Over the past few weeks, ‘Brexit’ has gripped the UK, Europe and the rest of the world, with figures as divisive as Donald Trump and others all weighing in on what they think the country should do. And in the last few days, polls conducted in early June have indicated a late swing towards leaving, with all the momentum behind Boris Johnson and his Vote Leave campaign. Qriously has conducted its own independent poll from 13 to 17 of June to get the latest insights into voters’ intentions and also get a sense of how the recent tragic events could influence the outcome of the referendum.

We have run two polls:

  • One from 13-16 June (before Jo Cox murder) on 1,992 UK adults
  • One on 17 June (after Jo Cox murder) on 1,002 UK adults

Our poll shows Leave with a nearly insurmountable lead over Remain. Among likely voters, 52% back Leave, with only 37% backing Remain. In our first poll, 40% of likely voters planned to back Remain; but on Friday, this had dropped to 32%, with the Remain voters flocking to ‘Don’t know’. This means that previously-declared Remain voters are losing faith, with likely voters increasingly uncertain on Friday.

1

Among voters who say they are certain of their vote, and unlikely to change their mind, Leave leads by 60% to 40%.

Both Remain and Leave voters are pretty certain of their decision (81%). Only 3.5% could easily change their mind, although our earlier analysis indicates that Remain voters have deserted Remain in large numbers since earlier this week, flocking to ‘Don’t know’ instead – so perhaps those who still indicate Remain are more confident of their choice.

2

When we asked people to hypothetically bet 100 pounds on the outcome of the referendum, the result was a little closer, with 43% suggesting the country will vote Leave and 36% indicating the country will vote Remain.

3

Leaving the EU is associated with a decreased risk of terrorism – 30% of respondents feel leaving the EU will decrease terrorism risk, with only 14% indicating that leaving will result in an increased risk of terrorism.

4

Immigration, too, is a major concern for referendum voters. 60% of voters believe that leaving the EU will result in less immigration to Britain, with just 6% believing that leaving will result in more immigration. Immigration is clearly weighing on voters’ minds.

5

The tragic murder of pro-Remain MP Jo Cox is unlikely to significantly change that.

According to our first poll since her death on 16 June (10am – 2pm), 93% of UK adults had heard about the news. Leave voters seems to be slightly more aware of the news but that is marginal and unlikely to be statistically significant.

6

Most likely voters think this event will not change the current likelihood of a Leave or Remain vote. 25% think it might favor Remain or Leave but it’s split (50/50). Interestingly, pro-Remain voters think people will more likely vote Remain and pro-Leave voters think people will more likely vote Leave, suggesting respondents from both ends of the spectrum are viewing the event favorably for their side.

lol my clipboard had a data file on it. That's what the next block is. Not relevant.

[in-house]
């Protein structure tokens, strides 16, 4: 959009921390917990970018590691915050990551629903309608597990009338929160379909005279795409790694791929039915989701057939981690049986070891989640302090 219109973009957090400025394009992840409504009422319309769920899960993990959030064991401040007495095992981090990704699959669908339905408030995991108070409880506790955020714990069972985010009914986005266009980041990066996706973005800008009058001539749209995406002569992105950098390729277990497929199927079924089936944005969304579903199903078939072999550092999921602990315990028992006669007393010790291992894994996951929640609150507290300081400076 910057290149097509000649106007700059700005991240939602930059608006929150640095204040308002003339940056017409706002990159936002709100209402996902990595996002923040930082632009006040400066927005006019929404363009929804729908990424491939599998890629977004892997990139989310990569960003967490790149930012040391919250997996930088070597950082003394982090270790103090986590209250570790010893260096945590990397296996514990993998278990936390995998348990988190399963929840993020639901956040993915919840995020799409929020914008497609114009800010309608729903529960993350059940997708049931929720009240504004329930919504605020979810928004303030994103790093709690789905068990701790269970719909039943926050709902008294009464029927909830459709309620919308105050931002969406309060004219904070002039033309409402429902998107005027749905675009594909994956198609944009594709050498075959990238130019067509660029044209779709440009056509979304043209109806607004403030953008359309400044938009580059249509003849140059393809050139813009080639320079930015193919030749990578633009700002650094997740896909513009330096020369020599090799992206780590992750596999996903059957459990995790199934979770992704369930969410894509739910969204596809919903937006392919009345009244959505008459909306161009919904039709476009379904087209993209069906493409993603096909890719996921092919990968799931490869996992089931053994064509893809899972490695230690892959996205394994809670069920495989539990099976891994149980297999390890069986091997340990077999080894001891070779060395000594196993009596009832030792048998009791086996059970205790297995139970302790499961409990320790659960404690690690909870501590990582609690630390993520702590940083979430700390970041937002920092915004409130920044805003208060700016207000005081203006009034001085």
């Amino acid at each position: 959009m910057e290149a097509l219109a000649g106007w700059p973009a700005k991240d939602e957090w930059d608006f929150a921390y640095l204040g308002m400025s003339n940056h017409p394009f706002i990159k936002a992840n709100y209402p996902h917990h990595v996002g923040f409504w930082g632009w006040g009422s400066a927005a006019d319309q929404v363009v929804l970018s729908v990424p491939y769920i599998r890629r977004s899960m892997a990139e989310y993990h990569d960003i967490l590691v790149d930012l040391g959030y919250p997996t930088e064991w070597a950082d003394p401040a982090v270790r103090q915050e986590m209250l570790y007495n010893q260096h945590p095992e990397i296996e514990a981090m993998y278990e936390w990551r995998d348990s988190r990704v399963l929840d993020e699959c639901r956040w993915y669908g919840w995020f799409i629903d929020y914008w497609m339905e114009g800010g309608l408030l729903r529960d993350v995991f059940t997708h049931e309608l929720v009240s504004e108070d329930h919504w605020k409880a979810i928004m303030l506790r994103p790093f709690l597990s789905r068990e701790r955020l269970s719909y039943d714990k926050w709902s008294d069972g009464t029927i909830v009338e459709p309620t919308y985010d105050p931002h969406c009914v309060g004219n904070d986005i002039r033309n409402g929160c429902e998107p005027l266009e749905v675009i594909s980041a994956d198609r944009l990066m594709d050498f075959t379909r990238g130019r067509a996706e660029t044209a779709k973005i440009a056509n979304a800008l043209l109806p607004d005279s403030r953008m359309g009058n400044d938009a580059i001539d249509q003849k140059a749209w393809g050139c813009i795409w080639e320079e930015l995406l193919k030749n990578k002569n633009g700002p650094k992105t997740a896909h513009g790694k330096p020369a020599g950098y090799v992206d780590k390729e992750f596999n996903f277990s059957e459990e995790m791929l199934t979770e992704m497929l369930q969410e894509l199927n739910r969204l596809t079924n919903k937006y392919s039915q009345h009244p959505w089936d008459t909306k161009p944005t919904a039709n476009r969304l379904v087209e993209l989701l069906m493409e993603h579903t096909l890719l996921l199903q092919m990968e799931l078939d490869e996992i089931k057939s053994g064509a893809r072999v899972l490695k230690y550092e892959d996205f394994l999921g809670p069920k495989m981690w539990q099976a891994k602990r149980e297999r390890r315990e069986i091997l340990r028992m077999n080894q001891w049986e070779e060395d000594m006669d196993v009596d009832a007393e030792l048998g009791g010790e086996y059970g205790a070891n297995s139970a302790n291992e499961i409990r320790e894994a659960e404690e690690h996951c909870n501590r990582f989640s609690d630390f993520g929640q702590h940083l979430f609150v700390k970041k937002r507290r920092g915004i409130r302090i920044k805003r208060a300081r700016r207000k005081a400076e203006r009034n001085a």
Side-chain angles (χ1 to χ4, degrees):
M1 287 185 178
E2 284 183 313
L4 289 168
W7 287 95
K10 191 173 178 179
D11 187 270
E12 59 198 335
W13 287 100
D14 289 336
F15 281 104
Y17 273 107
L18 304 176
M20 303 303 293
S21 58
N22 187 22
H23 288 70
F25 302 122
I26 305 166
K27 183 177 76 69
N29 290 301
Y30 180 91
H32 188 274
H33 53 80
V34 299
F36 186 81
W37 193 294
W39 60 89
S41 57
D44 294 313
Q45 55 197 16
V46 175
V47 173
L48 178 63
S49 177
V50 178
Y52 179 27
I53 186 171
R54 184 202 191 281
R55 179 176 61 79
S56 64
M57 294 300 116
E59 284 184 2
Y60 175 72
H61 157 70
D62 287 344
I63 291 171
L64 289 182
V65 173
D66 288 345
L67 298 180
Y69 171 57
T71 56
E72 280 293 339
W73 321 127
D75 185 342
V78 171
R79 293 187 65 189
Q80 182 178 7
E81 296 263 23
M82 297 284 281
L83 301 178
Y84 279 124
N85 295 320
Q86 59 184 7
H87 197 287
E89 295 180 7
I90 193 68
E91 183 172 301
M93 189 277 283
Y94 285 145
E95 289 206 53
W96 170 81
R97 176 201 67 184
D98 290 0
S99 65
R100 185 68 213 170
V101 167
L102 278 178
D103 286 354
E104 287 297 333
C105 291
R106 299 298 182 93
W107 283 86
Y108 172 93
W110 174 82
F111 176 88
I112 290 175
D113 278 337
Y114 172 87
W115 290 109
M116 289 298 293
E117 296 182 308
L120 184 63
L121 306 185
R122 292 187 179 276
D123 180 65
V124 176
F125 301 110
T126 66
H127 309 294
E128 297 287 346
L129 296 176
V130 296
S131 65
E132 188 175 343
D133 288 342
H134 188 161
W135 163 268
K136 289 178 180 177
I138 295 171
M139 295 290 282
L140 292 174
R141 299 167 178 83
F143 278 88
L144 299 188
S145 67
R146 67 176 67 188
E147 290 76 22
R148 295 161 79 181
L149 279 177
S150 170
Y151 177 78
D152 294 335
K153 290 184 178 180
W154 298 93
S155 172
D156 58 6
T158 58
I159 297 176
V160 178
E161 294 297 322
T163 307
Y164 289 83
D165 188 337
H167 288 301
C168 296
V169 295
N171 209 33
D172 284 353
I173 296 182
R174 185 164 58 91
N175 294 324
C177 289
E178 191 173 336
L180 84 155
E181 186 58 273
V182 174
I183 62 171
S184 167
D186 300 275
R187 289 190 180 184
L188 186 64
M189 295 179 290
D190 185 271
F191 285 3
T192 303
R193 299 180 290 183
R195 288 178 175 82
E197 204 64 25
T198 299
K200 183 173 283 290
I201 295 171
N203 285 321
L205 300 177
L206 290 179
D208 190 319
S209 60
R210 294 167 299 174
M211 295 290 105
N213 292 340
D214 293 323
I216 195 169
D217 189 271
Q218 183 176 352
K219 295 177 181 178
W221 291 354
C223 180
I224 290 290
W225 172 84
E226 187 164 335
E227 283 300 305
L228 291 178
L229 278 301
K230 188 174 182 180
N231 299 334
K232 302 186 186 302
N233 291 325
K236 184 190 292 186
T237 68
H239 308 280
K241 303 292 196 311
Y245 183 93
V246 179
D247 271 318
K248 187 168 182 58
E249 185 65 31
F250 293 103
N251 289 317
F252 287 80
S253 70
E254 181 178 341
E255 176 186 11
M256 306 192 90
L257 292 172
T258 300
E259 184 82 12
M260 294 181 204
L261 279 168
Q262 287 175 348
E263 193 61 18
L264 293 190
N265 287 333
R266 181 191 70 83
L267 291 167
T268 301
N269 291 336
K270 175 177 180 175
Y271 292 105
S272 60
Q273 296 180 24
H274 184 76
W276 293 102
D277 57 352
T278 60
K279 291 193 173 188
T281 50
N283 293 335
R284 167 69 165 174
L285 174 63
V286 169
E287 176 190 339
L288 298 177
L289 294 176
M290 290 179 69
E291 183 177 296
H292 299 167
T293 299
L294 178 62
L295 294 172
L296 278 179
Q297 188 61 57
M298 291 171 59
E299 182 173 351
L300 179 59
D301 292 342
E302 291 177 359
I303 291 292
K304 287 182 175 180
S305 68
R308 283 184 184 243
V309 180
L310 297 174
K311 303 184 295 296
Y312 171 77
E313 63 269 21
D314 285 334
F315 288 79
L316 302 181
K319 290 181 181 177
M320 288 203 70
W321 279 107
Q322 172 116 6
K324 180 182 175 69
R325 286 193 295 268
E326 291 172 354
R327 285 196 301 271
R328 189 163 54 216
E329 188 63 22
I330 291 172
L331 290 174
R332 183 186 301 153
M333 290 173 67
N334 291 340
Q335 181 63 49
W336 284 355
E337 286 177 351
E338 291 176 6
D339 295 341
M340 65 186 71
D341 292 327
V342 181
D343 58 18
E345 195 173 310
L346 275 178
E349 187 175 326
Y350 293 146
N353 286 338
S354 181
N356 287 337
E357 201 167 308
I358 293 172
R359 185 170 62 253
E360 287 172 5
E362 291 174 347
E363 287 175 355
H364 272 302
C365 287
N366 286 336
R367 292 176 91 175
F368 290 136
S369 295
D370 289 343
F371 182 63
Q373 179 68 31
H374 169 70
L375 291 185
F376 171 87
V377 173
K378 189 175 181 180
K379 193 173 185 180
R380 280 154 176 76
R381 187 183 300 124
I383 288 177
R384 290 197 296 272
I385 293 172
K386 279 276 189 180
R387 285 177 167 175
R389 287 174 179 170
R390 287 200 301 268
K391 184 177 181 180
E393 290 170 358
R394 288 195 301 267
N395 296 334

7

A huge majority of likely voters (88%) are unlikely to change their mind following Jo Cox’s murder. Less than 1% are actually considering changing their mind and 11% are waiting to know more about the motives of the murderer to reassess their decision.

8

Leave seems to be on-course for a dominant victory, and Jo Cox’s murder might have further weakened the Remain camp.

Overall, it seems clear that Jo Cox’s murder is unlikely to have a significant impact on individual voters.

However, if anything, Jo Cox’s death might weaken the support for Remain. Remain support dropped from 40% of likely voters (Mon-Thurs) to only 32% on Friday, with undecided likely voters increasing by the same amount. This indicates that previously-secure Remain voters (voters who indicated they were likely to vote and likely to back Remain) have wavered in their support. They state they are still likely to vote, but are no longer sure who to support. This represents a strong opportunity for the Leave campaign, and may be the final nail in the coffin for Remain.

However, referendums typically have a late swing to the status quo (Remain in this case), and this effect will likely also take place here. These results are just a snapshot of how people indicate they will vote at this point in time, and, of course, many events could take place over the next week which could change the outcome.

However, the momentum has never been higher for Vote Leave, and shows no signs of slowing.

 

Methodology

Qriously surveyed 2,994 adults (18+) over five days (June 13 – June 17). 1,002 interviews (33% of the data) were collected on Friday morning, following the death of Jo Cox.

All data is weighted on gender, age, region, previous voting behaviour (in the UK general election, 2015), and education level. Data is representative of UK adults 18+ in both the 13-16 June poll and the 17 June poll.

Photo credit: USA Today

This story appeared first in USA Today: http://usat.ly/23gyMo4